cover image The SalviSoul Cookbook: Salvadoran Recipes and the Women Who Preserve Them

The SalviSoul Cookbook: Salvadoran Recipes and the Women Who Preserve Them

Karla Tatiana Vasquez. Ten Speed, $35 (288p) ISBN 978-1-984861-42-9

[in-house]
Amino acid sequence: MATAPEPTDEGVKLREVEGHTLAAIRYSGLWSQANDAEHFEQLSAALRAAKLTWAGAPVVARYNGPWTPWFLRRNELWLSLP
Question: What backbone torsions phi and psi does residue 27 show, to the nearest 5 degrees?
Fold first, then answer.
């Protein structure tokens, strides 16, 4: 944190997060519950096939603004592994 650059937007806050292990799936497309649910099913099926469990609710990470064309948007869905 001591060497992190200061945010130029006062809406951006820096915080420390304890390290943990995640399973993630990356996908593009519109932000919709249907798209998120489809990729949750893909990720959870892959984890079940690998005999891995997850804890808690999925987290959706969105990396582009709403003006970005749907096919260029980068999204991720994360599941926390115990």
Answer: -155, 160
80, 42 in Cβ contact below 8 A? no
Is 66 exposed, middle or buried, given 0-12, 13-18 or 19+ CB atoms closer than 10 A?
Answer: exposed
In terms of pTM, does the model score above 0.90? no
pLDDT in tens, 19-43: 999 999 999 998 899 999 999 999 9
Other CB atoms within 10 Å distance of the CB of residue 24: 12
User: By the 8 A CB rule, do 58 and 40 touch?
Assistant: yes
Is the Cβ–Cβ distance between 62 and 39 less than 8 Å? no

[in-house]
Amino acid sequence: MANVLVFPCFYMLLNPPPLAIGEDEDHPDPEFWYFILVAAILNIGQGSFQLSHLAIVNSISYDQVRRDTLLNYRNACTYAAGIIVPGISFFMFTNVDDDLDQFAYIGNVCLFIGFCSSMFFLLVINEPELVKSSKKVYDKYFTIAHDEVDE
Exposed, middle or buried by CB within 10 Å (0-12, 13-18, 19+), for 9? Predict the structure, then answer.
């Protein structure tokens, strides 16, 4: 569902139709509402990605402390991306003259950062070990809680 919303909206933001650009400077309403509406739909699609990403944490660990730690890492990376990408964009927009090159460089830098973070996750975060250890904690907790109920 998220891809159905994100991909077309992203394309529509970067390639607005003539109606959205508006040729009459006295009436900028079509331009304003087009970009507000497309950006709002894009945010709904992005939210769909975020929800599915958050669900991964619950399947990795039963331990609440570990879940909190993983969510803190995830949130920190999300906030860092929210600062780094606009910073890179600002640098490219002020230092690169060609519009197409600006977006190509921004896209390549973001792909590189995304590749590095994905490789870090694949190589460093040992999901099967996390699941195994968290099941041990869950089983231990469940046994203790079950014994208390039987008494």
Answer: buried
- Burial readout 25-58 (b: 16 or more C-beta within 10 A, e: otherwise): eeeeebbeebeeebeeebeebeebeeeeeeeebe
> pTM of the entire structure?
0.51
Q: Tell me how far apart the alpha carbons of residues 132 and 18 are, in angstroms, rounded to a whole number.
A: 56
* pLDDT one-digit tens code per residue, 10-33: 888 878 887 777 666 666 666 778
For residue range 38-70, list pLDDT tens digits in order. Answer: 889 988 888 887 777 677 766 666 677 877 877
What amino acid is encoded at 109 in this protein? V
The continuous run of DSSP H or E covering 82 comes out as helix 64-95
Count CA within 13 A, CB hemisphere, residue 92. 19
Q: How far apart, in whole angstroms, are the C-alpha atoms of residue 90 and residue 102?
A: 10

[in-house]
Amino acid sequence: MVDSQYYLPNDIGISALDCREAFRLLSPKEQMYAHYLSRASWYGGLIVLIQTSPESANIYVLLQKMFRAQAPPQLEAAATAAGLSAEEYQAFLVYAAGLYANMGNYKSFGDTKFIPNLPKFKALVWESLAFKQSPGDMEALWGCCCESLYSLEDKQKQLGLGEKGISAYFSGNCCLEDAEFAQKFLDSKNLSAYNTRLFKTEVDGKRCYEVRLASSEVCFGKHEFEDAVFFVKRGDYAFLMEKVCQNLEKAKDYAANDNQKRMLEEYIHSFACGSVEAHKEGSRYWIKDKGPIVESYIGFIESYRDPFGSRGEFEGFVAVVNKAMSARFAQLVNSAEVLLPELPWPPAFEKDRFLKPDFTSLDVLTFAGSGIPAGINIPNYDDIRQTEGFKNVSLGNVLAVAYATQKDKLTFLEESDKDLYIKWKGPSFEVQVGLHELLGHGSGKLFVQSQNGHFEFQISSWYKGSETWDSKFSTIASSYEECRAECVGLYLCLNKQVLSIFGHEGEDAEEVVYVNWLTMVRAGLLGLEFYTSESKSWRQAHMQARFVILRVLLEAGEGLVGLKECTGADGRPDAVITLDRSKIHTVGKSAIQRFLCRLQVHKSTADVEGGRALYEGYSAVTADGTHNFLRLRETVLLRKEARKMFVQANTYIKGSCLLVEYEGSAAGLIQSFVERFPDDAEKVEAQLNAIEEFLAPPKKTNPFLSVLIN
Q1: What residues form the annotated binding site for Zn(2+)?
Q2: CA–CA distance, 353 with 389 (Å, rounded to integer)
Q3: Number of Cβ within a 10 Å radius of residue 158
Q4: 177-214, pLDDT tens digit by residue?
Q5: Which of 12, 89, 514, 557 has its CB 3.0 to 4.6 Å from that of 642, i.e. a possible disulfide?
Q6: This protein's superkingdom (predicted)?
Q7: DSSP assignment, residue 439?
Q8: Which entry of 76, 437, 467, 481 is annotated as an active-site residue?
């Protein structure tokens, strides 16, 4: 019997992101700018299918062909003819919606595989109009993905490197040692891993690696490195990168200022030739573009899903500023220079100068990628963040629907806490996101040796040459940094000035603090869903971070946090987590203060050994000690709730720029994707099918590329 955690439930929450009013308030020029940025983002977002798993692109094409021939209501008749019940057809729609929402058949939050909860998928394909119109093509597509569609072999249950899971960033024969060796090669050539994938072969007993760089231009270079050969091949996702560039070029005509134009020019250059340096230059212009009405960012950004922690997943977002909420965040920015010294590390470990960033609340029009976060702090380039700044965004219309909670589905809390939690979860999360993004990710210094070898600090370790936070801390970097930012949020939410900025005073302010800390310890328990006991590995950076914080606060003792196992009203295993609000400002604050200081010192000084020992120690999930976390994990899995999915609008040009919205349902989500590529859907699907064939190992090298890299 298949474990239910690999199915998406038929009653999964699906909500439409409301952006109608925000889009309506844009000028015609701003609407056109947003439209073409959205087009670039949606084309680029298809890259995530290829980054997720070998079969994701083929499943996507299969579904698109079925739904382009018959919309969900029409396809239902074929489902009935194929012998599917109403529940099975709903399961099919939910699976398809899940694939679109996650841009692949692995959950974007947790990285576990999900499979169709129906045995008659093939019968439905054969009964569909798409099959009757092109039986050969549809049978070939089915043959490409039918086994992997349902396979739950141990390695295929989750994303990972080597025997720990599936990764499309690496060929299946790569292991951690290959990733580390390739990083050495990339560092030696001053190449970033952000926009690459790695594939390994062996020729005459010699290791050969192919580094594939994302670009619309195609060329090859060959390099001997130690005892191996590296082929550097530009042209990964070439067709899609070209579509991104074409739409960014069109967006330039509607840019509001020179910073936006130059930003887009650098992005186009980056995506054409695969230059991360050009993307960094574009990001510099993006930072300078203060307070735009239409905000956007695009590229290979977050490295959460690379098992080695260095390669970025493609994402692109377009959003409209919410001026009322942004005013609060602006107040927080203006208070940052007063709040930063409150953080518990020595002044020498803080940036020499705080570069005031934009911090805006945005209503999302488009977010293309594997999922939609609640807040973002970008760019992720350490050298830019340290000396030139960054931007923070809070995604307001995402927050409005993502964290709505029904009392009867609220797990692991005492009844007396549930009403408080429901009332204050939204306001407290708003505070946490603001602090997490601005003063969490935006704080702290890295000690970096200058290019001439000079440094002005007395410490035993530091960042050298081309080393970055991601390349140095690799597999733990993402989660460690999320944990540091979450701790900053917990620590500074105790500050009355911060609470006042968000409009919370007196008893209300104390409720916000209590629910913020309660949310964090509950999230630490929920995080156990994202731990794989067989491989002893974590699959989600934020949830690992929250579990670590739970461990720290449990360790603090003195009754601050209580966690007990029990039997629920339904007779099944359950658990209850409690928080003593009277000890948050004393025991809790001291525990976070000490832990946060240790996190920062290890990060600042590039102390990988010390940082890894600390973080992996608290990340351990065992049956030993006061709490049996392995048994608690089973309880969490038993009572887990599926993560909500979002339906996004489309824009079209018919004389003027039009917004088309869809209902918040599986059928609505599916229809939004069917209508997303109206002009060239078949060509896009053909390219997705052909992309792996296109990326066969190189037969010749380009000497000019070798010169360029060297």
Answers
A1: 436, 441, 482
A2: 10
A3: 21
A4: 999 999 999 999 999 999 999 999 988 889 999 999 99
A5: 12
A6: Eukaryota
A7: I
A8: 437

“Food is an anchor and safety net when documentation, distance, and language are challenges,” writes debut author Vasquez in this earnest cookbook and foodways study of El Salvador. Conversations with 33 Salvadoran women interspersed with recipes from them and others make this valuable as sociology. Interviewees include Maricela, who sells street food from a stall in Los Angeles, and the author’s late grandmother Mamá Lucy, who was known for her cow’s hoof soup. Nourishing and satisfying dishes include flatbread-like Salvadoran tortillas and flor de izote (yuca flowers) with eggs. Variations abound: El Salvador’s “national dish,” pupusas, can be stuffed with three different fillings, and the fruity beverage ensalada is endlessly adaptable. Per the book’s title, these are soulful dishes linked to home and family; for example, the recipe for fried cheese-stuffed chayote is from the author’s mother. Main courses include rooster simmered in chicha, a fermented drink made with pineapple peels, and crabs in a pumpkin seed sauce. Desserts run along the simple lines of charred whole plantains and eggless bread pudding. The project originated online, and occasionally the writing has the inelegant feel of a social media post, but the recipes are clear—impressively so, considering they hail from a variety of sources—and the context is heartfelt and fascinating. This is a valuable work of cultural preservation. (Apr.)